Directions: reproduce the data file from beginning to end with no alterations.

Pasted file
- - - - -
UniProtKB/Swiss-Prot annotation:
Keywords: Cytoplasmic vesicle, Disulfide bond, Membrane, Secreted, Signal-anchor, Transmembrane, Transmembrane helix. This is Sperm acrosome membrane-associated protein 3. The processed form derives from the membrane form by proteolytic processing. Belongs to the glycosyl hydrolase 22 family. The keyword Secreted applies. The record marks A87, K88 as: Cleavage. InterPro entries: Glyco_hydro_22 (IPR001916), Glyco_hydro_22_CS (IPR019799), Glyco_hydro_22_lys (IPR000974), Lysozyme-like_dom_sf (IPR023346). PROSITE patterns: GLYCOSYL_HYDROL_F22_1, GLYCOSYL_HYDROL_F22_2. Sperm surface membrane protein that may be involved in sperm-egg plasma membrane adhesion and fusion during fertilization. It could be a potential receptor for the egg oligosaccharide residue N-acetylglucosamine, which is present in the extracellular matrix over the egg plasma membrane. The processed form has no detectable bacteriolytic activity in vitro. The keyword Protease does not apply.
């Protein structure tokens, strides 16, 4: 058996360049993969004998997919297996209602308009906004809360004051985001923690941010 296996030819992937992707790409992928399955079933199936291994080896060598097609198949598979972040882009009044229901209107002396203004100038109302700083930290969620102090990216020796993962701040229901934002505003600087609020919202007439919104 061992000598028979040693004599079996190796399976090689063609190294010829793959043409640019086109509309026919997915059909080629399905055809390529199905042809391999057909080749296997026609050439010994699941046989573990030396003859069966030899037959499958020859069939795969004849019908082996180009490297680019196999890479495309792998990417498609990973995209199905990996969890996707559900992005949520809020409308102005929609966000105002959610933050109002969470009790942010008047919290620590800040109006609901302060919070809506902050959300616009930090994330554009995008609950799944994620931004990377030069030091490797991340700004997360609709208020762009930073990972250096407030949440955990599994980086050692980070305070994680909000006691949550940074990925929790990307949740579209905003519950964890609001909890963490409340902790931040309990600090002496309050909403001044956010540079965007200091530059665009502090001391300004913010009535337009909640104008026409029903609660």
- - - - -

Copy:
UniProtKB/Swiss-Prot annotation:
Keywords: Cytoplasmic vesicle, Disulfide bond, Membrane, Secreted, Signal-anchor, Transmembrane, Transmembrane helix. This is Sperm acrosome membrane-associated protein 3. The processed form derives from the membrane form by proteolytic processing. Belongs to the glycosyl hydrolase 22 family. The keyword Secreted applies. The record marks A87, K88 as: Cleavage. InterPro entries: Glyco_hydro_22 (IPR001916), Glyco_hydro_22_CS (IPR019799), Glyco_hydro_22_lys (IPR000974), Lysozyme-like_dom_sf (IPR023346). PROSITE patterns: GLYCOSYL_HYDROL_F22_1, GLYCOSYL_HYDROL_F22_2. Sperm surface membrane protein that may be involved in sperm-egg plasma membrane adhesion and fusion during fertilization. It could be a potential receptor for the egg oligosaccharide residue N-acetylglucosamine, which is present in the extracellular matrix over the egg plasma membrane. The processed form has no detectable bacteriolytic activity in vitro. The keyword Protease does not apply.
């Protein structure tokens, strides 16, 4: 058996360049993969004998997919297996209602308009906004809360004051985001923690941010 296996030819992937992707790409992928399955079933199936291994080896060598097609198949598979972040882009009044229901209107002396203004100038109302700083930290969620102090990216020796993962701040229901934002505003600087609020919202007439919104 061992000598028979040693004599079996190796399976090689063609190294010829793959043409640019086109509309026919997915059909080629399905055809390529199905042809391999057909080749296997026609050439010994699941046989573990030396003859069966030899037959499958020859069939795969004849019908082996180009490297680019196999890479495309792998990417498609990973995209199905990996969890996707559900992005949520809020409308102005929609966000105002959610933050109002969470009790942010008047919290620590800040109006609901302060919070809506902050959300616009930090994330554009995008609950799944994620931004990377030069030091490797991340700004997360609709208020762009930073990972250096407030949440955990599994980086050692980070305070994680909000006691949550940074990925929790990307949740579209905003519950964890609001909890963490409340902790931040309990600090002496309050909403001044956010540079965007200091530059665009502090001391300004913010009535337009909640104008026409029903609660």